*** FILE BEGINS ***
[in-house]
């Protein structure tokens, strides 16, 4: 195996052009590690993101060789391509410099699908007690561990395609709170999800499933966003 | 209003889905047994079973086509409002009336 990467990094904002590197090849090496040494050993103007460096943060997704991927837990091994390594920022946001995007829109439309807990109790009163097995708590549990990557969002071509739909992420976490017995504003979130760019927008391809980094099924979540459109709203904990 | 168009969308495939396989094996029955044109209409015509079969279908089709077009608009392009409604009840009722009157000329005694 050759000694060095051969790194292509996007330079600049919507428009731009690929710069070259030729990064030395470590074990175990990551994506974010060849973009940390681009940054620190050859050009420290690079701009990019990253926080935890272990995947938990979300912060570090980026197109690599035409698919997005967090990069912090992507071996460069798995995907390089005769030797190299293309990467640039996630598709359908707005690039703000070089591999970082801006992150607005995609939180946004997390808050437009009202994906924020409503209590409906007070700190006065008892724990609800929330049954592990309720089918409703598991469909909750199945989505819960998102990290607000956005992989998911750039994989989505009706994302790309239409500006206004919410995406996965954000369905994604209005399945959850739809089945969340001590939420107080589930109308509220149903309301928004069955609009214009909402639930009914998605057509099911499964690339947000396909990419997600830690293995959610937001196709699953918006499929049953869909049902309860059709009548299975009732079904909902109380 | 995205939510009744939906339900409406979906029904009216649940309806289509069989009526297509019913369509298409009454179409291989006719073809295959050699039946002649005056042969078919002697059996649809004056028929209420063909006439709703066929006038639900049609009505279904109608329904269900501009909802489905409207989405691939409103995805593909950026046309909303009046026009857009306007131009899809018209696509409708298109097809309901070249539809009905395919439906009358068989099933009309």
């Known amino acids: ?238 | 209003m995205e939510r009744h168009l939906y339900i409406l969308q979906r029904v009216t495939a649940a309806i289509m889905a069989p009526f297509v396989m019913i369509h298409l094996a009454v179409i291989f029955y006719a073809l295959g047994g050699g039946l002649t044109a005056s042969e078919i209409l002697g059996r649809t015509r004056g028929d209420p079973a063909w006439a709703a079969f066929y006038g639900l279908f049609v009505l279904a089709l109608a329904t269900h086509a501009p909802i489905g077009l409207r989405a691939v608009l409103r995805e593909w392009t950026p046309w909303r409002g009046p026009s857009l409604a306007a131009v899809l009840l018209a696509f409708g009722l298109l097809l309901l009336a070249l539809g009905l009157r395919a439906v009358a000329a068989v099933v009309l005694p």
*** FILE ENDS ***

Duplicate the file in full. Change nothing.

[in-house]
């Protein structure tokens, strides 16, 4: 195996052009590690993101060789391509410099699908007690561990395609709170999800499933966003 | 209003889905047994079973086509409002009336 990467990094904002590197090849090496040494050993103007460096943060997704991927837990091994390594920022946001995007829109439309807990109790009163097995708590549990990557969002071509739909992420976490017995504003979130760019927008391809980094099924979540459109709203904990 | 168009969308495939396989094996029955044109209409015509079969279908089709077009608009392009409604009840009722009157000329005694 050759000694060095051969790194292509996007330079600049919507428009731009690929710069070259030729990064030395470590074990175990990551994506974010060849973009940390681009940054620190050859050009420290690079701009990019990253926080935890272990995947938990979300912060570090980026197109690599035409698919997005967090990069912090992507071996460069798995995907390089005769030797190299293309990467640039996630598709359908707005690039703000070089591999970082801006992150607005995609939180946004997390808050437009009202994906924020409503209590409906007070700190006065008892724990609800929330049954592990309720089918409703598991469909909750199945989505819960998102990290607000956005992989998911750039994989989505009706994302790309239409500006206004919410995406996965954000369905994604209005399945959850739809089945969340001590939420107080589930109308509220149903309301928004069955609009214009909402639930009914998605057509099911499964690339947000396909990419997600830690293995959610937001196709699953918006499929049953869909049902309860059709009548299975009732079904909902109380 | 995205939510009744939906339900409406979906029904009216649940309806289509069989009526297509019913369509298409009454179409291989006719073809295959050699039946002649005056042969078919002697059996649809004056028929209420063909006439709703066929006038639900049609009505279904109608329904269900501009909802489905409207989405691939409103995805593909950026046309909303009046026009857009306007131009899809018209696509409708298109097809309901070249539809009905395919439906009358068989099933009309």
């Known amino acids: ?238 | 209003m995205e939510r009744h168009l939906y339900i409406l969308q979906r029904v009216t495939a649940a309806i289509m889905a069989p009526f297509v396989m019913i369509h298409l094996a009454v179409i291989f029955y006719a073809l295959g047994g050699g039946l002649t044109a005056s042969e078919i209409l002697g059996r649809t015509r004056g028929d209420p079973a063909w006439a709703a079969f066929y006038g639900l279908f049609v009505l279904a089709l109608a329904t269900h086509a501009p909802i489905g077009l409207r989405a691939v608009l409103r995805e593909w392009t950026p046309w909303r409002g009046p026009s857009l409604a306007a131009v899809l009840l018209a696509f409708g009722l298109l097809l309901l009336a070249l539809g009905l009157r395919a439906v009358a000329a068989v099933v009309l005694p």